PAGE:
Awareness and Level of Knowledge of Interventional Radiology among Medical Students at a Canadian Institution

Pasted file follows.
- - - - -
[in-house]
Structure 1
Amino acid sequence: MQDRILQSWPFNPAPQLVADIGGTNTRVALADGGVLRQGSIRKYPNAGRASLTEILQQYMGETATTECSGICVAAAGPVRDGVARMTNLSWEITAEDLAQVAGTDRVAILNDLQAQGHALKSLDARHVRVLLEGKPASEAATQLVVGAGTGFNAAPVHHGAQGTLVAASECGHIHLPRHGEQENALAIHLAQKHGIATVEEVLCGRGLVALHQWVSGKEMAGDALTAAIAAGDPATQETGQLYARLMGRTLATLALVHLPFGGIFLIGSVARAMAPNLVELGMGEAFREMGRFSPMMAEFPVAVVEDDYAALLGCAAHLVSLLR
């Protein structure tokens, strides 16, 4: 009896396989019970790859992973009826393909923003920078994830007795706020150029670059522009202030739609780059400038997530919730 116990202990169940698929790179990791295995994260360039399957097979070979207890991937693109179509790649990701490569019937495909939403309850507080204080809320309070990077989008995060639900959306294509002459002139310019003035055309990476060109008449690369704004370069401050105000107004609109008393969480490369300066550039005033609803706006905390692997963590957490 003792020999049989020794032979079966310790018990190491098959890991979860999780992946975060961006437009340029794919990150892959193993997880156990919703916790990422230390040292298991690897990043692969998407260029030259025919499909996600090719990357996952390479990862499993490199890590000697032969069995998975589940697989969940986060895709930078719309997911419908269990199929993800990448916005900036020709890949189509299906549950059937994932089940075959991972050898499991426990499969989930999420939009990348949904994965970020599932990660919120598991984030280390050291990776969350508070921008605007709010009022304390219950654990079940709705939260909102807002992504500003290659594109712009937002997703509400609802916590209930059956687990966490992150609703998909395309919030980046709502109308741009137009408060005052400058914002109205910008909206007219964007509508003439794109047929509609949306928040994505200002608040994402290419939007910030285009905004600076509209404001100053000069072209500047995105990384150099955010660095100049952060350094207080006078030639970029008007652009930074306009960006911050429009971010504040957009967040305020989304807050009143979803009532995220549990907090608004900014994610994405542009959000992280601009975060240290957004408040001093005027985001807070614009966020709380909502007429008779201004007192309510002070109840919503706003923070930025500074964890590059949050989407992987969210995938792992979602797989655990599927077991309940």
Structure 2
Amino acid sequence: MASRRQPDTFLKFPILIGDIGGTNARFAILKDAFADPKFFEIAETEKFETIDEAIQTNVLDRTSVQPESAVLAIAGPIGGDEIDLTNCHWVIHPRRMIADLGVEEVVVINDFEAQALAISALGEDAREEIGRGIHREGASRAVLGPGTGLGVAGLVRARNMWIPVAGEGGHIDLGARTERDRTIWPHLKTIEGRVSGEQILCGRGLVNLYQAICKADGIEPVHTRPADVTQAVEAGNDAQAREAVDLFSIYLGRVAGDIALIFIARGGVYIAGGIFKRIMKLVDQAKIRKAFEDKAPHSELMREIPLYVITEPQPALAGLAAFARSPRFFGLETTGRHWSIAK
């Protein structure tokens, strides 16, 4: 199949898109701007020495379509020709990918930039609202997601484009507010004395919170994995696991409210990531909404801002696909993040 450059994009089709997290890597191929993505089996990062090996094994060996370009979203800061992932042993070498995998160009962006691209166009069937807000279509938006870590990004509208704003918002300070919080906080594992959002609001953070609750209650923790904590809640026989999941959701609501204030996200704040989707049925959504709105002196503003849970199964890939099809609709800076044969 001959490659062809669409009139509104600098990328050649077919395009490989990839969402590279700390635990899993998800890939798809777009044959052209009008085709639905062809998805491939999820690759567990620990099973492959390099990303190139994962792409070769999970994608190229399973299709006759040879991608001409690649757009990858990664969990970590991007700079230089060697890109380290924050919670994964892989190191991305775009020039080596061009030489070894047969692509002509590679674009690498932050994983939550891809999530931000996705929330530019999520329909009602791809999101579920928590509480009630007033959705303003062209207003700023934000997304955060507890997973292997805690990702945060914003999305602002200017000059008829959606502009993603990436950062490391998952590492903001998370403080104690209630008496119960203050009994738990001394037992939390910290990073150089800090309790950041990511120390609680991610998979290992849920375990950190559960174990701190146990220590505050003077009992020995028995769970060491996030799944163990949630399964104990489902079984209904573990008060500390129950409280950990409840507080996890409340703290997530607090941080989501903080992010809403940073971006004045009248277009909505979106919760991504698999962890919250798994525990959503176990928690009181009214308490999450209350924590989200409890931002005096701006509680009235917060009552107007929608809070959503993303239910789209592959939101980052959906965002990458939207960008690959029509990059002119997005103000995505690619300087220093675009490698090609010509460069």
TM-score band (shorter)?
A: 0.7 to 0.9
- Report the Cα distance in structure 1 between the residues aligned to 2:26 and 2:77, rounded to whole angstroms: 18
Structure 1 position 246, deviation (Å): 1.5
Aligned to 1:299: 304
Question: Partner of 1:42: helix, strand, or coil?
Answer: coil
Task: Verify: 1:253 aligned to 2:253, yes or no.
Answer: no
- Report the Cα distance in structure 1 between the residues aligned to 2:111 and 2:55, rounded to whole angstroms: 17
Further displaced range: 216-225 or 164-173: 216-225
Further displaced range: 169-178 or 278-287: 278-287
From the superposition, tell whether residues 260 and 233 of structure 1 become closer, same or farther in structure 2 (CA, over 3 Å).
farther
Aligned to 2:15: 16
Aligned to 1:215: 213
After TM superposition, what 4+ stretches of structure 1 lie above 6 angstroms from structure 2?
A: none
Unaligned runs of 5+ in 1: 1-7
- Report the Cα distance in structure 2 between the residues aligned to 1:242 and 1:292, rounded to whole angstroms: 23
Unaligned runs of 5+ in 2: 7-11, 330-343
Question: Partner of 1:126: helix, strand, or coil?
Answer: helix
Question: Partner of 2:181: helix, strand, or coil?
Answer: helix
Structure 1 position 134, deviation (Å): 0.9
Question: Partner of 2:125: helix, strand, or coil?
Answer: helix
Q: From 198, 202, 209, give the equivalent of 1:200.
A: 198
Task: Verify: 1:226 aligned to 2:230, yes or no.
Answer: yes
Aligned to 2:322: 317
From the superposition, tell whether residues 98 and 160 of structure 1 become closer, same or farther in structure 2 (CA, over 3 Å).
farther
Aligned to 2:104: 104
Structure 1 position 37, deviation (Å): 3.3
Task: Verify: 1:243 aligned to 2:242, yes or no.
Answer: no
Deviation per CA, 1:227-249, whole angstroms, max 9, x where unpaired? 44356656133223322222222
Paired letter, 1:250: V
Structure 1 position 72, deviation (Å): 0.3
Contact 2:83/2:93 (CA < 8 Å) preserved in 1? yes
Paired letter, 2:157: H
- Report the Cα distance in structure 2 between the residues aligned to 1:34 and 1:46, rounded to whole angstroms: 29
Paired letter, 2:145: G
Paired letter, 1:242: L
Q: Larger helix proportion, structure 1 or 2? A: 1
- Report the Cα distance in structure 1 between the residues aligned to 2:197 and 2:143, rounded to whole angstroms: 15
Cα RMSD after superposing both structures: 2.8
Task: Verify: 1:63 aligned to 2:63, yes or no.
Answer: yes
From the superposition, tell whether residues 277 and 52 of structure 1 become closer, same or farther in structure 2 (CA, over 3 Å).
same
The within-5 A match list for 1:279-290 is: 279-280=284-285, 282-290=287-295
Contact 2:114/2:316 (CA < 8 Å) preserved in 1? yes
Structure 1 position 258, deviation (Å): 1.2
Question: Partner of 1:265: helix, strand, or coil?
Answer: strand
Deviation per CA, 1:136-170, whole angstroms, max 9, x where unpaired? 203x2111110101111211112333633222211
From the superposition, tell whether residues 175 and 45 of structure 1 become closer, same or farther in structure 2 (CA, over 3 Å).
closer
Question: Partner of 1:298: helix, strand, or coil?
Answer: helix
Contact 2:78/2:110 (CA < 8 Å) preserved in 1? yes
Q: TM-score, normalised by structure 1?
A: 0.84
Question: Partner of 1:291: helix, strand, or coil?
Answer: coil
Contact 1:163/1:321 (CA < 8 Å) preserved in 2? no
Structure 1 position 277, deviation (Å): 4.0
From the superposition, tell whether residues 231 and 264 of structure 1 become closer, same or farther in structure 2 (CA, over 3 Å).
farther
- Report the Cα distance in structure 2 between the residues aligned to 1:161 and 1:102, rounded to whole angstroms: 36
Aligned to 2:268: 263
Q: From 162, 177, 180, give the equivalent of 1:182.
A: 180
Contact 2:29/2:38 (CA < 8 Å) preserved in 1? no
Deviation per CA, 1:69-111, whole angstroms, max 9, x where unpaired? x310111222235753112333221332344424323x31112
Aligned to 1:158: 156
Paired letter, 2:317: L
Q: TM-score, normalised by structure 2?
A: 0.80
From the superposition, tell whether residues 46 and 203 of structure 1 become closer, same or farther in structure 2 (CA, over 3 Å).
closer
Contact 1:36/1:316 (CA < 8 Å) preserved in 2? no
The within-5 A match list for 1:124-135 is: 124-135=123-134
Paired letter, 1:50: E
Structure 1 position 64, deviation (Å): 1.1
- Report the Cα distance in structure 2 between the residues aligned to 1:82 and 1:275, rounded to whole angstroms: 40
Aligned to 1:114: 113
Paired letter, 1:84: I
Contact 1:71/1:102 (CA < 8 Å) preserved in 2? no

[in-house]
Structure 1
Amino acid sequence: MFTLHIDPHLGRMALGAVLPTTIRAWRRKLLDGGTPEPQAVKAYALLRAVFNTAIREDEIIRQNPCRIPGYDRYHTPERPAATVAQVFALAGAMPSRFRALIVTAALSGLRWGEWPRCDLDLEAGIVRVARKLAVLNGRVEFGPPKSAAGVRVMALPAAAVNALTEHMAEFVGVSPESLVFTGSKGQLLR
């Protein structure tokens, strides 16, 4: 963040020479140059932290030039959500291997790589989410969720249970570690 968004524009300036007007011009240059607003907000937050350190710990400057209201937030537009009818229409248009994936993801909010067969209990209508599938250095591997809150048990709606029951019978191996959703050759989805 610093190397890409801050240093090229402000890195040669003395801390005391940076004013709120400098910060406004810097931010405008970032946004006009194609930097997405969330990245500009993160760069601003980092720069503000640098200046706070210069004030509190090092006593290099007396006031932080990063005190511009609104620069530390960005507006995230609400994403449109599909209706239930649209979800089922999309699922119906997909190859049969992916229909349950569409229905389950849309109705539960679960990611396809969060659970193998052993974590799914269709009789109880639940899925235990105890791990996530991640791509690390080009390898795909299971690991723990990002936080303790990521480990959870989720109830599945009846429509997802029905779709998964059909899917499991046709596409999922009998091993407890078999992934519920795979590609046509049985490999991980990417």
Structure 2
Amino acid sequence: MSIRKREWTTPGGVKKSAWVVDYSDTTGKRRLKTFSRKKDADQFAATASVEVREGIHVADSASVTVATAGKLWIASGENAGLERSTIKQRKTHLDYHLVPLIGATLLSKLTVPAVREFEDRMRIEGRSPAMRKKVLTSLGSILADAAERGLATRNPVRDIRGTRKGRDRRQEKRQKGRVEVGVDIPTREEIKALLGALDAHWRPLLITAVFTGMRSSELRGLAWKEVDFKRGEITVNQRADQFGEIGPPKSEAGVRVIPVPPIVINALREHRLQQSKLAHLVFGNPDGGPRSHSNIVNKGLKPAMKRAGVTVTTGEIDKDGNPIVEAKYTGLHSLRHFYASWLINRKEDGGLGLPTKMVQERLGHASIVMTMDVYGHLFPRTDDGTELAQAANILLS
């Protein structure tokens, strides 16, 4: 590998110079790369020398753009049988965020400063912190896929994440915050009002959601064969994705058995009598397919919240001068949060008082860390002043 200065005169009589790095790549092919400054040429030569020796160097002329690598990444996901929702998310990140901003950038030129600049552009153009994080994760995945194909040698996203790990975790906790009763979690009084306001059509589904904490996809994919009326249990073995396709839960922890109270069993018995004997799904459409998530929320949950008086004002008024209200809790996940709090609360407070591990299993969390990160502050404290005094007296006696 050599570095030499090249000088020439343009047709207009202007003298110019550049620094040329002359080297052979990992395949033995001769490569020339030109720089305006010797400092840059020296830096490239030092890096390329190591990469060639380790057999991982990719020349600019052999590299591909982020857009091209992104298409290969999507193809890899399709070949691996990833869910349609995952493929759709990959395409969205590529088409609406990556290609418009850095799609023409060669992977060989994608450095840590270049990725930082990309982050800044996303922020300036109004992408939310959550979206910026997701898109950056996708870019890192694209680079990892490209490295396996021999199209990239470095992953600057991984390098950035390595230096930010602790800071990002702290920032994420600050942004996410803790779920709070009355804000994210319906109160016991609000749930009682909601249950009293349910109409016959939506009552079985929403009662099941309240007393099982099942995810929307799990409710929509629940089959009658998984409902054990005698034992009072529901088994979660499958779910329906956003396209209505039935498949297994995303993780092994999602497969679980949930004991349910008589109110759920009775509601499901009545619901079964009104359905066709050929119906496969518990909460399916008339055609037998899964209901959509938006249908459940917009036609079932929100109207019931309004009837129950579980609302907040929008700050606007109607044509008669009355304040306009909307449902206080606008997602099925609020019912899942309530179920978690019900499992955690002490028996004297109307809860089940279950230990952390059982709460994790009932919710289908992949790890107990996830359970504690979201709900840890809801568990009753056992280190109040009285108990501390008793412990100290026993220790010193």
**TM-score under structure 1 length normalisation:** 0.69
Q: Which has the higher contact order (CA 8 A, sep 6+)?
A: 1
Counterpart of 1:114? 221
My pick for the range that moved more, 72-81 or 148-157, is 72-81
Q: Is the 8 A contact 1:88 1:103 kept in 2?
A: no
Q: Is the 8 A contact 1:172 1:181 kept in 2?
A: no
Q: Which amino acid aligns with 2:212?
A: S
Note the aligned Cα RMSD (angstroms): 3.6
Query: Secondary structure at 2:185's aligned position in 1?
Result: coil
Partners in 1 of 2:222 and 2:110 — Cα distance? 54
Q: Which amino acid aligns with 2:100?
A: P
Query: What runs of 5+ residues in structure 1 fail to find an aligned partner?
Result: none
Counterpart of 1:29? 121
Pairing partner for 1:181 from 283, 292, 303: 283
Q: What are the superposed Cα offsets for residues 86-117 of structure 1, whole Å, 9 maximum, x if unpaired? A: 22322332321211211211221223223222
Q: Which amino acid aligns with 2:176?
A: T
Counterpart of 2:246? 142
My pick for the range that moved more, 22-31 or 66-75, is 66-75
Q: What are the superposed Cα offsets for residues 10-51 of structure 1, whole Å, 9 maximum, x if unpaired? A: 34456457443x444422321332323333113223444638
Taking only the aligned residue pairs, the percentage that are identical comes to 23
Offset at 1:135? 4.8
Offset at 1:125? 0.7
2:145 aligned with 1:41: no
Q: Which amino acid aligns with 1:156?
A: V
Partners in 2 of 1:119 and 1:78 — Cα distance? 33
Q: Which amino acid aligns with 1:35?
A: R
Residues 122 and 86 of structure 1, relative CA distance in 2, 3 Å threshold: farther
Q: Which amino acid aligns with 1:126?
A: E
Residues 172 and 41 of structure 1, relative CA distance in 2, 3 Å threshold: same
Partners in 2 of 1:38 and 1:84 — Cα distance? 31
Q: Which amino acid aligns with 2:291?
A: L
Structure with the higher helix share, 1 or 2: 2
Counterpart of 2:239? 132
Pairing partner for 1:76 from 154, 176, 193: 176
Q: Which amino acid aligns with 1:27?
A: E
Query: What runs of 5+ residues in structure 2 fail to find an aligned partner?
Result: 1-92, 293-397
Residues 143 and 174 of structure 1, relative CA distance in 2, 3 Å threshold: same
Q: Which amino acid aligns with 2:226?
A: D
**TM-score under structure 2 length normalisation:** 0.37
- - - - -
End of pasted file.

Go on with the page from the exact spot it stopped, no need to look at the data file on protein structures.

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PURPOSE: To assess the awareness and level of exposure of interventional radiology (IR) among medical students at a Canadian medical school. To understand how IR can be better described and introduced to medical students. MATERIALS AND METHODS: Electronic anonymous surveys were sent to 542 medical students in their first, second, and third years at a Canadian 3-year medical school. A total of 103 students (19%) responded. Each survey contained 17 questions assessing knowledge, interest, and perception of IR. RESULTS: Fifty-three percent (55/103) of respondents reported "poor" knowledge of IR and only 18% (19/103) said they would consider a career in IR. Respondents cited lack of knowledge (48%, 37/77) or lack of interest (43%, 33/77) as the main reasons why they would not consider IR as a career. Although 92% (95/103) of respondents could name at least one IR procedure, many (54%, 56/103) were unclear as to the duties of an interventional radiologist within the hospital. Seventy-four percent (76/103) of students stated that a mandatory 2-week rotation in radiology during clerkship would be beneficial, whereas 71% (73/103) stated that they would be interested in a 2-week IR selective during their mandatory core surgery rotation. CONCLUSIONS: The knowledge and exposure to IR in medical school is limited. Students were eager to learn more about IR and expressed a desire for more exposure. Early exposure of medical students to IR should be introduced to attract future interventional radiologists as well as increase awareness among future referring physicians.
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